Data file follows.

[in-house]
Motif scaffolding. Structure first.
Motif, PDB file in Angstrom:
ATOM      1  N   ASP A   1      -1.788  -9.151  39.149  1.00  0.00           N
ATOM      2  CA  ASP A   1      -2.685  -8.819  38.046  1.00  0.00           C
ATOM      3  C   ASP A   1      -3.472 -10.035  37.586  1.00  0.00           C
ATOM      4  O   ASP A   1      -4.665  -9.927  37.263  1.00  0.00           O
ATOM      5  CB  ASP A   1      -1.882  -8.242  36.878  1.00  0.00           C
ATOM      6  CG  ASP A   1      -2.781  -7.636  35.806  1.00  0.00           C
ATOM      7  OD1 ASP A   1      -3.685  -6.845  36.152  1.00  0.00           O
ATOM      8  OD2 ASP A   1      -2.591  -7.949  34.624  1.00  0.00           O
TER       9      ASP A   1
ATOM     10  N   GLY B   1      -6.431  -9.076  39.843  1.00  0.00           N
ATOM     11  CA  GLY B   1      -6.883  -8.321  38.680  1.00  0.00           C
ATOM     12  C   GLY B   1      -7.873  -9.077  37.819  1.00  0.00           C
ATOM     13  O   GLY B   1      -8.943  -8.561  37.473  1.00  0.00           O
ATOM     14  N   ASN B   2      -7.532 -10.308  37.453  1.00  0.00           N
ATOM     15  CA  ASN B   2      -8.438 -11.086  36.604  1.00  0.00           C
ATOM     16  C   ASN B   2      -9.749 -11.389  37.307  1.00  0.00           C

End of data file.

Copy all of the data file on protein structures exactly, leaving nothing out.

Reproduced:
[in-house]
Motif scaffolding. Structure first.
Motif, PDB file in Angstrom:
ATOM      1  N   ASP A   1      -1.788  -9.151  39.149  1.00  0.00           N
ATOM      2  CA  ASP A   1      -2.685  -8.819  38.046  1.00  0.00           C
ATOM      3  C   ASP A   1      -3.472 -10.035  37.586  1.00  0.00           C
ATOM      4  O   ASP A   1      -4.665  -9.927  37.263  1.00  0.00           O
ATOM      5  CB  ASP A   1      -1.882  -8.242  36.878  1.00  0.00           C
ATOM      6  CG  ASP A   1      -2.781  -7.636  35.806  1.00  0.00           C
ATOM      7  OD1 ASP A   1      -3.685  -6.845  36.152  1.00  0.00           O
ATOM      8  OD2 ASP A   1      -2.591  -7.949  34.624  1.00  0.00           O
TER       9      ASP A   1
ATOM     10  N   GLY B   1      -6.431  -9.076  39.843  1.00  0.00           N
ATOM     11  CA  GLY B   1      -6.883  -8.321  38.680  1.00  0.00           C
ATOM     12  C   GLY B   1      -7.873  -9.077  37.819  1.00  0.00           C
ATOM     13  O   GLY B   1      -8.943  -8.561  37.473  1.00  0.00           O
ATOM     14  N   ASN B   2      -7.532 -10.308  37.453  1.00  0.00           N
ATOM     15  CA  ASN B   2      -8.438 -11.086  36.604  1.00  0.00           C
ATOM     16  C   ASN B   2      -9.749 -11.389  37.307  1.00  0.00           C